Electronics Production | August 15, 2007
Motorola Slips as Nokia Takes Over 50%<br>Share in 2Q07 EMEA Mobile, says IDC
According to IDC's latest EMEA Mobile Phone Tracker, the second quarter of 2007 saw total mobile phone shipments (including traditional mobile phones and converged devices) rise to almost 87 million units, representing year-on-year growth of 8%, which is up from around 80 million units in 2Q06.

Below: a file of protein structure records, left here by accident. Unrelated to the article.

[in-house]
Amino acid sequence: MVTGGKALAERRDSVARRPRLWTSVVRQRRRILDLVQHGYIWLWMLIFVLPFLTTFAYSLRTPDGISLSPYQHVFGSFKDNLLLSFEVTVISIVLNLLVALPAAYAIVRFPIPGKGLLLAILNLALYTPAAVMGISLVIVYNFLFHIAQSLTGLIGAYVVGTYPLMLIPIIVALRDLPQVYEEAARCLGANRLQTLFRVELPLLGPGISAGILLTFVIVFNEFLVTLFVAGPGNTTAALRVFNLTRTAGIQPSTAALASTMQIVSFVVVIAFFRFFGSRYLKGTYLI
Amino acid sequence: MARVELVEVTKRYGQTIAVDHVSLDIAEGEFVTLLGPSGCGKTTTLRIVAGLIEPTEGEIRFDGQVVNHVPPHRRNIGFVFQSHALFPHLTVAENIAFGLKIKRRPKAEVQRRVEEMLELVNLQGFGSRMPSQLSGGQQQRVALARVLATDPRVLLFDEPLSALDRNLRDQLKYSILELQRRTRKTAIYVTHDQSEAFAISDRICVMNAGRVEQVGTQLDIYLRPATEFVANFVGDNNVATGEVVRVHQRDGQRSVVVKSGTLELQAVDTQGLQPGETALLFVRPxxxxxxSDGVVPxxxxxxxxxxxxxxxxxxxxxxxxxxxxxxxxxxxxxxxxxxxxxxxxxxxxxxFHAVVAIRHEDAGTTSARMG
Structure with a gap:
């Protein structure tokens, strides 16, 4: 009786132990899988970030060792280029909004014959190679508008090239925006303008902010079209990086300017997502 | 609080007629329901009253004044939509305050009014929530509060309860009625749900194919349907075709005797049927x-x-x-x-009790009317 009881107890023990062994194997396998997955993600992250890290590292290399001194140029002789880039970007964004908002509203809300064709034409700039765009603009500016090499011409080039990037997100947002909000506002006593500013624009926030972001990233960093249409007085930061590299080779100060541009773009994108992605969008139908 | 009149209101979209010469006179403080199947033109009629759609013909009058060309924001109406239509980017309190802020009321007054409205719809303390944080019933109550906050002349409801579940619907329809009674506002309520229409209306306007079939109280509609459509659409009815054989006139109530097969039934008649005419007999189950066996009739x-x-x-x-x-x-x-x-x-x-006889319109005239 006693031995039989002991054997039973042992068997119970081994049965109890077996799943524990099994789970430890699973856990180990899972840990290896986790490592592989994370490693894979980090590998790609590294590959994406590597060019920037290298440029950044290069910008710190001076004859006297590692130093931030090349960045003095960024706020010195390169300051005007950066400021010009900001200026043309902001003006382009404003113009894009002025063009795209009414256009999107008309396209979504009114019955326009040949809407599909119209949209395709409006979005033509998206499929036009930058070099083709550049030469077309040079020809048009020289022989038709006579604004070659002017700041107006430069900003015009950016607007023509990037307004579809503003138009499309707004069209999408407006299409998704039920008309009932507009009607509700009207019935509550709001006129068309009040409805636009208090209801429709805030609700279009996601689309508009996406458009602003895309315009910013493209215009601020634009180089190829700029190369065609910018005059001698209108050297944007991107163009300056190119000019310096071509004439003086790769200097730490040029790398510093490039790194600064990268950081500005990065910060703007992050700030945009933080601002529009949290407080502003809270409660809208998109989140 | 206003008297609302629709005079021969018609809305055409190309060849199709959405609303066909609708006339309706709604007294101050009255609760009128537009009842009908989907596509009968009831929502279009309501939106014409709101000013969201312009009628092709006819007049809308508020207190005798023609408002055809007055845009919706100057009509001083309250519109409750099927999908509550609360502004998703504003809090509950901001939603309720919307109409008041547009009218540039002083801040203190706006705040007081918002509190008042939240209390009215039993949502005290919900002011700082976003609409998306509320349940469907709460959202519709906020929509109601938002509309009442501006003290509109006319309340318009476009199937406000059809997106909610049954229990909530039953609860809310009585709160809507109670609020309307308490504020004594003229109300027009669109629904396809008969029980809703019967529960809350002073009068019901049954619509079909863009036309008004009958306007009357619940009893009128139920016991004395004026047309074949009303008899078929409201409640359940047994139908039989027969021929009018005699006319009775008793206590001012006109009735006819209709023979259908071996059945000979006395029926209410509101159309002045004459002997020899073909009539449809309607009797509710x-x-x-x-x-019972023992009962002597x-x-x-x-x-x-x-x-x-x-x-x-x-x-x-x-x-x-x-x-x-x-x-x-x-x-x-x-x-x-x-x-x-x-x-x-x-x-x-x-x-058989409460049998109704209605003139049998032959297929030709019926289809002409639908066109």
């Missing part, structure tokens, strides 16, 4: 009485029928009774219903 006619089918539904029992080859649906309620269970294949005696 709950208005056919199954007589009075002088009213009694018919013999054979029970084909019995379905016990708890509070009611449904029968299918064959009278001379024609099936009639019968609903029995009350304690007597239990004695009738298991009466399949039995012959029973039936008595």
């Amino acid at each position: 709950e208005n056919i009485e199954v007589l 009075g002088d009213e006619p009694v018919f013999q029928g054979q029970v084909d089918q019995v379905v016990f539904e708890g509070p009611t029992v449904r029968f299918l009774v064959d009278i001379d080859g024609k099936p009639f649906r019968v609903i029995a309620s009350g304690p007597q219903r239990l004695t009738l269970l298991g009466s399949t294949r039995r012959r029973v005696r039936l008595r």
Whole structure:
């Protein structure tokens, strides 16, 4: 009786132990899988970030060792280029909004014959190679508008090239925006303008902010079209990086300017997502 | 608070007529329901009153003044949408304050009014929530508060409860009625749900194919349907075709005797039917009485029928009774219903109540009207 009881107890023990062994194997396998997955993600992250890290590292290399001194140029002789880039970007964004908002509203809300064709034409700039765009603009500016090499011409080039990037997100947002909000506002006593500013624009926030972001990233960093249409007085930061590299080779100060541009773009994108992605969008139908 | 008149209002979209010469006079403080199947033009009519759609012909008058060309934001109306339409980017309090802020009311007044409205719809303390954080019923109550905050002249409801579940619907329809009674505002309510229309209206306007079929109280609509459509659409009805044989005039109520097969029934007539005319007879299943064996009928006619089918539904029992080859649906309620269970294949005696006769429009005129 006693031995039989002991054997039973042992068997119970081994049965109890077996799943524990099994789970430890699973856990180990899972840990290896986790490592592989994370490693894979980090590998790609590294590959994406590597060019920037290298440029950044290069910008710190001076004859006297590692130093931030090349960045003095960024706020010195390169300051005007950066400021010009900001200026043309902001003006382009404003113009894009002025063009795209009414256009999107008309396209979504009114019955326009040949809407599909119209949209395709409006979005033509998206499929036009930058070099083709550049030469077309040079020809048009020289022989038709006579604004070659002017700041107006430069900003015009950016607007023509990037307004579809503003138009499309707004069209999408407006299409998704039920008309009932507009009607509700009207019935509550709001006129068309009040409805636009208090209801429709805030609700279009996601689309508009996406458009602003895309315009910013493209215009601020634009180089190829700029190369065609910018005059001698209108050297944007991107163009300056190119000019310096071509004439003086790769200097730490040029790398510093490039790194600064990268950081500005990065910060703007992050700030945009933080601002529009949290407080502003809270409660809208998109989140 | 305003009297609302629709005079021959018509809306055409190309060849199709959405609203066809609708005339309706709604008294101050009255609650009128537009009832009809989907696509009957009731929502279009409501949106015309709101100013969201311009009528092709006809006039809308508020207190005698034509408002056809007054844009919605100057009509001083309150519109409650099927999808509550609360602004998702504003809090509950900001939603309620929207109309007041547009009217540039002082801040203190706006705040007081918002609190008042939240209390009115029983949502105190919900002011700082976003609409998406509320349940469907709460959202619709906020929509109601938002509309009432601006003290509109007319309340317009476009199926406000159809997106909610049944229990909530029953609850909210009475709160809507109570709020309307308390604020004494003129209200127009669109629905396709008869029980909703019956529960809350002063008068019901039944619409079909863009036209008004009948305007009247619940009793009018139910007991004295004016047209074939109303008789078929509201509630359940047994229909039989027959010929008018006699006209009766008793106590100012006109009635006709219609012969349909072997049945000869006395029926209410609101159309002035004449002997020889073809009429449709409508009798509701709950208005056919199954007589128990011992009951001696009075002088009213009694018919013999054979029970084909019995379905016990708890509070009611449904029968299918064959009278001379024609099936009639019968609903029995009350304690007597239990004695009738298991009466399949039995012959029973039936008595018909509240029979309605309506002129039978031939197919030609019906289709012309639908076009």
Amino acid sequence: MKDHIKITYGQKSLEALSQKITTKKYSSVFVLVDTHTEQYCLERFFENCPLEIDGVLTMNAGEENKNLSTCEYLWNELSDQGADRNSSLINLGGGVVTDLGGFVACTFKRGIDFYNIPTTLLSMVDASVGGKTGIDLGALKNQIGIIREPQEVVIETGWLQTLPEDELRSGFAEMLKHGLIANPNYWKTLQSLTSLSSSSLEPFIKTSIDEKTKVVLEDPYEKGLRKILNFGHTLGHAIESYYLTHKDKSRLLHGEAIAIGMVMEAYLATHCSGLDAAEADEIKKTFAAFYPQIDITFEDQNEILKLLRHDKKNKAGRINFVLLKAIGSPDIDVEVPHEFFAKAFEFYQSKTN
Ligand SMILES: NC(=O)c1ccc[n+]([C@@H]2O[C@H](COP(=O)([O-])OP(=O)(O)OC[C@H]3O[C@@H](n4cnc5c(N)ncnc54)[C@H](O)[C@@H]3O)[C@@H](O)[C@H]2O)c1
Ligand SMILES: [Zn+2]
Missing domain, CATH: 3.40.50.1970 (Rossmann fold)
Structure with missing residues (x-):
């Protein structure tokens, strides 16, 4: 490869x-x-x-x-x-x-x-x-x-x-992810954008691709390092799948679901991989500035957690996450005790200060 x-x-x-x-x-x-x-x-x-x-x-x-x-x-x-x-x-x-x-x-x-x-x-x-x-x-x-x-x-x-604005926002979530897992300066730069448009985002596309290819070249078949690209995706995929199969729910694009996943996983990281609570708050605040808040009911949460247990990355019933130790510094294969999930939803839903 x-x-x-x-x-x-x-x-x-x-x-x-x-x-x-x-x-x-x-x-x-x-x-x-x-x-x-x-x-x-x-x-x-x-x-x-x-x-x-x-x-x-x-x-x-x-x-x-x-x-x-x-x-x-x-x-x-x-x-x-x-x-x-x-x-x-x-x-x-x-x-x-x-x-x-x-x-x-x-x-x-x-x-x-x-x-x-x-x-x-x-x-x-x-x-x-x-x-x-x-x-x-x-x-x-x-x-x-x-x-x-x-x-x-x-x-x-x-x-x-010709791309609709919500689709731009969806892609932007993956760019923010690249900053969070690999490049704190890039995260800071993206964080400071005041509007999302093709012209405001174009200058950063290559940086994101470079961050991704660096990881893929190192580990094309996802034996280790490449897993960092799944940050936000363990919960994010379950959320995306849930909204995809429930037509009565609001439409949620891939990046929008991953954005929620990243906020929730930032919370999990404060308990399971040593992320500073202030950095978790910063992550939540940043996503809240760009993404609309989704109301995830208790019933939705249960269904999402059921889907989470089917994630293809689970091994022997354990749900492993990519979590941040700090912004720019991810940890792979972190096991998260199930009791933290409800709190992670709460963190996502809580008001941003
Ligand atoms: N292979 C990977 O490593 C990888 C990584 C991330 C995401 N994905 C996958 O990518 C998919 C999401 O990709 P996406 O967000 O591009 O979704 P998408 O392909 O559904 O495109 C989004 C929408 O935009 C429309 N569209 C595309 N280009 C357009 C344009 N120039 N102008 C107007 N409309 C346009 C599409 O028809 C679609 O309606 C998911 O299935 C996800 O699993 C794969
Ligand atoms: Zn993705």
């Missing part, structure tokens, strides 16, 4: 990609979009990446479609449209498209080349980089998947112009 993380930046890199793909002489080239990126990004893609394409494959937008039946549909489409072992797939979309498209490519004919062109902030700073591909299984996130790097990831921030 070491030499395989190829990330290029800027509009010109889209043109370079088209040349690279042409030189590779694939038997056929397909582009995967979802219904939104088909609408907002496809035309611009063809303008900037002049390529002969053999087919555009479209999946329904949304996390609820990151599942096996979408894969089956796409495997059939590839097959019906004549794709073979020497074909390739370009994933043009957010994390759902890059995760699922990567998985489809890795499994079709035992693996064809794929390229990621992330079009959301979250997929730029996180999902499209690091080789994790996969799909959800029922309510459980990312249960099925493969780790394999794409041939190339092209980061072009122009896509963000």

Growth in the region was driven by the success of the top 3 vendors, with Nokia growing impressively to take around 51% market share in EMEA and both Sony Ericsson and Samsung gaining at the expense of Motorola, which continued to struggle due to a lack of new model activity. Overall ASPs continued to decline during the quarter as vendors looked to expand more aggressively into midrange and low-end segments of the market. Increased focus on midrange and low-end handset terminals continued to have an eroding effect on overall ASPs, but Nokia's major gains in market share and healthy operating margins proved that a balanced portfolio with a key focus on margin-rich handsets will result in both improved margins and market share gains. The challenges faced by Motorola highlight the importance not only of a balanced portfolio, but also a core brand identity that resonates with users and avoids unnecessary churn - an increasingly painful issue for mobile operators. "The very strong results recorded in Western Europe this quarter can in part be attributed to Apple. All the media coverage surrounding the iPhone since it was announced last January has put the mobile devices industry in the spotlight, forcing vendors to launch new design-oriented and music-dedicated products. The iPhone also shed light on lesser-known functionalities already integrated in mobile devices, like mapping and browsing, and raised the general level of knowledge on what mobile devices can do nowadays," said Jean Philippe Bouchard, senior research analyst for EMEA mobile devices at IDC. Market performance in CEMA in 2Q07 saw a fall-back in the rate of growth, with increasing market maturity and some shipment declines in Russia, Ukraine, and the more mature markets of Central and Eastern Europe, leaving expansion focused principally on the poorer markets in the Middle East and Africa. The April to June period was quiet in CEMA's largest market, Russia, with shipments at 6.65 million below those of the same quarter a year ago. The three brands that have been making steady gains in recent quarters - Nokia, Samsung, and Sony Ericsson - saw a better performance in Russia in the second quarter. Nokia led the market, but was only marginally ahead of Samsung. The biggest casualty was again Motorola, which has seen infrequently replenished models impact sales. Across the Middle East and Africa, Samsung and Sony Ericsson competed strongly in the midtier and to a lesser extent the high end of the market, with the fading performance of Motorola leaving Nokia in a stronger position in key entry segments. Nokia dominated leadership of the mobile phone market in EMEA, rising to its highest level ever, with a market share of 51%. Importantly, Nokia also achieved its highest operating margins on the device business in three years, due to the success of three core products: the all-round N95, business-oriented E65, and mass market 6300 handset. The vendor also supported its core portfolio with strategically important handsets such as the 6280, 6233, and entry level 1600. IDC expects Nokia to carry on building out its low-end and midrange portfolio, but maintain margins with core products. Samsung gained more ground and although the vendor had already overtaken Motorola in handset revenue terms it continued to gain even more on unit shipments, with 17% market share. The vendor increased the amount of shipments sold to Europe to 32% overall, up from 29% in the same period in 2006. A broad 3G portfolio and continued success of the Ultra Edition handsets in the mature markets in Western Europe and an increased volume of entry tier handsets in emerging markets of CEMA helped to drive growth for the vendor, although Samsung's average selling price, as in Sony Ericsson's case, has eroded with a push for market share and emphasis on entry level models. Samsung's ASP in the quarter was $148, down 5% from the previous quarter. Sony Ericsson continued to record gains in major markets, with CEMA and Western Europe representing two of its three strongest growing regions, and held 14% market share in the EMEA region. Strong growth was due to low and midtier feature phones as average selling prices fell 14% from €145 in the same period last year to €125 this year as it released more low and midtier models such as the W300 and W200 Walkman phones and the K310 and Z310 phones. At the same time, the company continued to strengthen its product lineup by announcing a large number of new products across a variety of price points, including the K850, an HSDPA, 5MP Cyber-shot phone, and the W960, a high-end Walkman phone with 8GB of onboard storage. Motorola slipped to fourth in the market in 2Q07, down one place from 1Q with 6% market share, and continued to pay the price for market share gains with low-cost handsets and over-reliance on the RAZR line. However, Motorola replaced Ron Garriques with Stu Reed, previously EVP of the supply chain organization, and emphasized the focus on distribution on logistics, although Motorola urgently needs to replenish its ageing product lines. IDC already mentioned several quarters ago that continued brand extension was a risky strategy, and now competitors have made ground from Motorola. Growing the converged device portfolio by introducing the 3G Motorola Q and the UIQ-based RIZR Z8 in order to protect margins and shift the product mix away from a higher prepaid mix will be crucial to Motorola. LG Electronics held market share of 4% and recorded operating margin highs of 11% due to a higher-end portfolio mix, as the Prada and Shine handsets continued to prove successful on renewals in the more mature markets of Western Europe. However, with LG's planned expansion into lower-end handsets, IDC believes it is very important for the vendor to maintain a balanced portfolio.